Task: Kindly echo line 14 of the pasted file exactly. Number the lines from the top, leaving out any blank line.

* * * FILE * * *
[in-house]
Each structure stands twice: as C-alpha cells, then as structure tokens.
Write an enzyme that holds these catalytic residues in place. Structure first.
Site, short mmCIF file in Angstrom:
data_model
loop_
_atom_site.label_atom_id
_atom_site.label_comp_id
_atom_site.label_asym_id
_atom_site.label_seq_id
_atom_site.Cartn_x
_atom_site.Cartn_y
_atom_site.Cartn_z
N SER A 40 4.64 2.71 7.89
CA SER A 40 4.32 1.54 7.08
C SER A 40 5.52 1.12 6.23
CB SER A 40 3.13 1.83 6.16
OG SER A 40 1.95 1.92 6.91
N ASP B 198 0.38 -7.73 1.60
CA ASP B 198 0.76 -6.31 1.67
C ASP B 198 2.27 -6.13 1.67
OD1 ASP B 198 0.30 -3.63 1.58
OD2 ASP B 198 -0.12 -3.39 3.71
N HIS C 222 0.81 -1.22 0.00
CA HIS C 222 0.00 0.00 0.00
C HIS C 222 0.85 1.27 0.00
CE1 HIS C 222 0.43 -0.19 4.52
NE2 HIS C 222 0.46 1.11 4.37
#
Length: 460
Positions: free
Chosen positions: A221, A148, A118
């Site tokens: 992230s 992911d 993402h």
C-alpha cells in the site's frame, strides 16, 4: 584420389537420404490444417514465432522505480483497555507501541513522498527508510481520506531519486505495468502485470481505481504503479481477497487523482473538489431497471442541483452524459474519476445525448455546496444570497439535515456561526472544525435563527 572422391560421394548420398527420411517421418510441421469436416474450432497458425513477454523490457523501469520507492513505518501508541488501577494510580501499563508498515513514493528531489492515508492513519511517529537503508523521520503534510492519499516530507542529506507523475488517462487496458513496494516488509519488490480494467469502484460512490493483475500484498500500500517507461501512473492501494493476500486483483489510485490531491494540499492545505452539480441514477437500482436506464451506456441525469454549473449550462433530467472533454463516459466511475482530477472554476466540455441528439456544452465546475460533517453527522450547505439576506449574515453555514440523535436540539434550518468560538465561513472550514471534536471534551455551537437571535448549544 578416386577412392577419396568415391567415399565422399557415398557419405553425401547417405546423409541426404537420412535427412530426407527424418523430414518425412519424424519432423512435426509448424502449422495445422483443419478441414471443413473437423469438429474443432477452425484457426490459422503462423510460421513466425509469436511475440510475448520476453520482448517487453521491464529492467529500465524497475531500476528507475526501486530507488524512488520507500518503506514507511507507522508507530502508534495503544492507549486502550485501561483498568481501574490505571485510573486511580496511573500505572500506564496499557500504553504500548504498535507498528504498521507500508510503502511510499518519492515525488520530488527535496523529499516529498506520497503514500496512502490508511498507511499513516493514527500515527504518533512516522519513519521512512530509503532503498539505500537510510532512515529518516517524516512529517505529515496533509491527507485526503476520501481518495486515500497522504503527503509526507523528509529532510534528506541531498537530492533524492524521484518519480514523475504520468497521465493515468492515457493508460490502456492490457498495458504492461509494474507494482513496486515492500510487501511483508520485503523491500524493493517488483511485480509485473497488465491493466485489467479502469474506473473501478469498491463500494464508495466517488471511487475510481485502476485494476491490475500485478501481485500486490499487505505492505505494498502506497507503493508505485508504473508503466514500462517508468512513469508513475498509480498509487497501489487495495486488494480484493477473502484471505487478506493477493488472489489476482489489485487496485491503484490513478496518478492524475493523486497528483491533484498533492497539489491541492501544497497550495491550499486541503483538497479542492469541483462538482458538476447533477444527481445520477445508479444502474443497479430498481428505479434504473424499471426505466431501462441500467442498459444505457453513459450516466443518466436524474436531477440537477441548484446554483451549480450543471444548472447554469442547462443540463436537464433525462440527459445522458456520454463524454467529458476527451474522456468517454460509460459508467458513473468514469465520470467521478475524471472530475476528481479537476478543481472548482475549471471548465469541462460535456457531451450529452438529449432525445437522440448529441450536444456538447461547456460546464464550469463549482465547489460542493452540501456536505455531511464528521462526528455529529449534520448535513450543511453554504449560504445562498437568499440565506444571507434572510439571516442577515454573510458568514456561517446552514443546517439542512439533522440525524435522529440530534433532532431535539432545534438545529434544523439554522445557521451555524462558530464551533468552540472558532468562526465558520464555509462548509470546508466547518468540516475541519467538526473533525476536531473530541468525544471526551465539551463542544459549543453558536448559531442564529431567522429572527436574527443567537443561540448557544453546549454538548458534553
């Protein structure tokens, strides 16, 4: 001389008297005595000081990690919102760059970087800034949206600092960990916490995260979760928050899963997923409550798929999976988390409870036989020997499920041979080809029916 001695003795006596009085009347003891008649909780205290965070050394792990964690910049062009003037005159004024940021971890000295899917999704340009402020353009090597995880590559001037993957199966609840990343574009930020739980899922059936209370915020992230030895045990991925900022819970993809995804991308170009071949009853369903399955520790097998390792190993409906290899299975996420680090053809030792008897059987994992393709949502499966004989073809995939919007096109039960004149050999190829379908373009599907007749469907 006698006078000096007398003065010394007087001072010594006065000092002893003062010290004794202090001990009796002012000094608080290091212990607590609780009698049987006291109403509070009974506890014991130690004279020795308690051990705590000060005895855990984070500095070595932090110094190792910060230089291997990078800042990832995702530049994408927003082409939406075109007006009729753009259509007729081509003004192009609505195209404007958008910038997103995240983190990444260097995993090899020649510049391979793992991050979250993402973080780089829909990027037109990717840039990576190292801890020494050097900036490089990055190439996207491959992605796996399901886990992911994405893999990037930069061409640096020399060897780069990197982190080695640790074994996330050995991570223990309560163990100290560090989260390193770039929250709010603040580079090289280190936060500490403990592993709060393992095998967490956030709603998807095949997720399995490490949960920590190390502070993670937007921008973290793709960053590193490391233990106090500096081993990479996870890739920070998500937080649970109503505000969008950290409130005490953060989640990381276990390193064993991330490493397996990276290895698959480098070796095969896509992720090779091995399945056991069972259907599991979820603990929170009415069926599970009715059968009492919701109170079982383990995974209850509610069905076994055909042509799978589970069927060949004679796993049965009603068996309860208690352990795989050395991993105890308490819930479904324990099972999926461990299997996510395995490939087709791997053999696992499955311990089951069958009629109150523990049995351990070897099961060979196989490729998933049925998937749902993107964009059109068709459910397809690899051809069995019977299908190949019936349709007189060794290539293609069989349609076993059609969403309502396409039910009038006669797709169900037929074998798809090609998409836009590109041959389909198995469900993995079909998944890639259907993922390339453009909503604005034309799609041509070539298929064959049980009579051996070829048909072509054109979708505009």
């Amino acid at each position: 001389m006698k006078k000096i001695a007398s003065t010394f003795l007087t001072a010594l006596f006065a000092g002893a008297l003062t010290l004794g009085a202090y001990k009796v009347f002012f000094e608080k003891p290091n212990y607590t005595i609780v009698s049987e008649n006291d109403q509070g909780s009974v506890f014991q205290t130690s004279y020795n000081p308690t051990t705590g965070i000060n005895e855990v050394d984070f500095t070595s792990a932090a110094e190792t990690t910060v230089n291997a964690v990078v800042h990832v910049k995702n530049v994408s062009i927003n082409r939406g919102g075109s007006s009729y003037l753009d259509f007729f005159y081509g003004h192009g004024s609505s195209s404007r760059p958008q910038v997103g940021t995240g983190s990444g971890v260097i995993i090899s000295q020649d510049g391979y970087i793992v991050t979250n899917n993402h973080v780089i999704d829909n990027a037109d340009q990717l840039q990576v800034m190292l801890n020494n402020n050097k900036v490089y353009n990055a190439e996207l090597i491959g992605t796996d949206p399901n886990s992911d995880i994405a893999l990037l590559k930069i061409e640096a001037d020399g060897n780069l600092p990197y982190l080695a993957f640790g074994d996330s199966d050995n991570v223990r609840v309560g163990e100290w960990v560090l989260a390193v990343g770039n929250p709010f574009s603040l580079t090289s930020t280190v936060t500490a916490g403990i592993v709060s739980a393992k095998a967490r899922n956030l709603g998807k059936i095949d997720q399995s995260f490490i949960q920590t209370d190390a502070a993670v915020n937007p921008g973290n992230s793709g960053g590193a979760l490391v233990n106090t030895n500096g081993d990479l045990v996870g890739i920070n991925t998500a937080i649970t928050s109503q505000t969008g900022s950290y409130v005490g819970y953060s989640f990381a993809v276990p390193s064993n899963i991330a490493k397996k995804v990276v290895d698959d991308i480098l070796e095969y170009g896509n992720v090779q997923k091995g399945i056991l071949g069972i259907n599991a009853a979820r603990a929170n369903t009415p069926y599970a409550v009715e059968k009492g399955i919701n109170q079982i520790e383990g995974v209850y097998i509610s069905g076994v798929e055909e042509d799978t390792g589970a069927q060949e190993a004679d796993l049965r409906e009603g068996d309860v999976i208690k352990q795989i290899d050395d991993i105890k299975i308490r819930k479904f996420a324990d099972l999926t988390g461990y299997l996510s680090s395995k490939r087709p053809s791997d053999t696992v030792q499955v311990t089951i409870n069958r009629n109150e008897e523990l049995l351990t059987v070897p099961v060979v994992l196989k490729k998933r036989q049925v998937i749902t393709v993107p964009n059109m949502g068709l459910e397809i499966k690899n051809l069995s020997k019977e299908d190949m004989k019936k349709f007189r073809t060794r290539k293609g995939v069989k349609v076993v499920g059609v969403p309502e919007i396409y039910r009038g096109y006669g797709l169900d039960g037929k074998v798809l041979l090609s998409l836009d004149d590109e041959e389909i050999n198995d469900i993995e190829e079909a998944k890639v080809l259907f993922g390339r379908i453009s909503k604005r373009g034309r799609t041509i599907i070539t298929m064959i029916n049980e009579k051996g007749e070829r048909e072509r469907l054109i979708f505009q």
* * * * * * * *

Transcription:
N SER A 40 4.64 2.71 7.89